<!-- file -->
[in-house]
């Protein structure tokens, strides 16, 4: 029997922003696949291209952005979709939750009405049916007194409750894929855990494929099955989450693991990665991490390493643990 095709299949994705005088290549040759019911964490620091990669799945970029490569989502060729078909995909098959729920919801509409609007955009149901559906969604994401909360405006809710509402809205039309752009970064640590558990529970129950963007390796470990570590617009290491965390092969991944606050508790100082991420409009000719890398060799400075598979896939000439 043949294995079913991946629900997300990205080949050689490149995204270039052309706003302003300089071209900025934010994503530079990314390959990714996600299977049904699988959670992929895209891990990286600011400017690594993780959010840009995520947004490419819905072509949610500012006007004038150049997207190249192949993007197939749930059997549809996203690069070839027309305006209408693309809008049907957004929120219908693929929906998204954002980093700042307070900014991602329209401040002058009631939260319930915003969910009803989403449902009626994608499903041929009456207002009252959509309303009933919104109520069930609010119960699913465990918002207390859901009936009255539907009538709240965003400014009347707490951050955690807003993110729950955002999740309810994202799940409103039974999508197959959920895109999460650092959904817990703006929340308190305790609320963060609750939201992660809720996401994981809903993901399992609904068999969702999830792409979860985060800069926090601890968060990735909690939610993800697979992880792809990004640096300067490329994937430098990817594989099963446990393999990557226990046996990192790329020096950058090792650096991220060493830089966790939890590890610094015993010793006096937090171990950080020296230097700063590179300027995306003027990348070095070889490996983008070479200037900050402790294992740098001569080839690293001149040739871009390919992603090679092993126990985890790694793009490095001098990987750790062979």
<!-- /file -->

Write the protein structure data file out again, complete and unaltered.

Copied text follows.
[in-house]
């Protein structure tokens, strides 16, 4: 029997922003696949291209952005979709939750009405049916007194409750894929855990494929099955989450693991990665991490390493643990 095709299949994705005088290549040759019911964490620091990669799945970029490569989502060729078909995909098959729920919801509409609007955009149901559906969604994401909360405006809710509402809205039309752009970064640590558990529970129950963007390796470990570590617009290491965390092969991944606050508790100082991420409009000719890398060799400075598979896939000439 043949294995079913991946629900997300990205080949050689490149995204270039052309706003302003300089071209900025934010994503530079990314390959990714996600299977049904699988959670992929895209891990990286600011400017690594993780959010840009995520947004490419819905072509949610500012006007004038150049997207190249192949993007197939749930059997549809996203690069070839027309305006209408693309809008049907957004929120219908693929929906998204954002980093700042307070900014991602329209401040002058009631939260319930915003969910009803989403449902009626994608499903041929009456207002009252959509309303009933919104109520069930609010119960699913465990918002207390859901009936009255539907009538709240965003400014009347707490951050955690807003993110729950955002999740309810994202799940409103039974999508197959959920895109999460650092959904817990703006929340308190305790609320963060609750939201992660809720996401994981809903993901399992609904068999969702999830792409979860985060800069926090601890968060990735909690939610993800697979992880792809990004640096300067490329994937430098990817594989099963446990393999990557226990046996990192790329020096950058090792650096991220060493830089966790939890590890610094015993010793006096937090171990950080020296230097700063590179300027995306003027990348070095070889490996983008070479200037900050402790294992740098001569080839690293001149040739871009390919992603090679092993126990985890790694793009490095001098990987750790062979």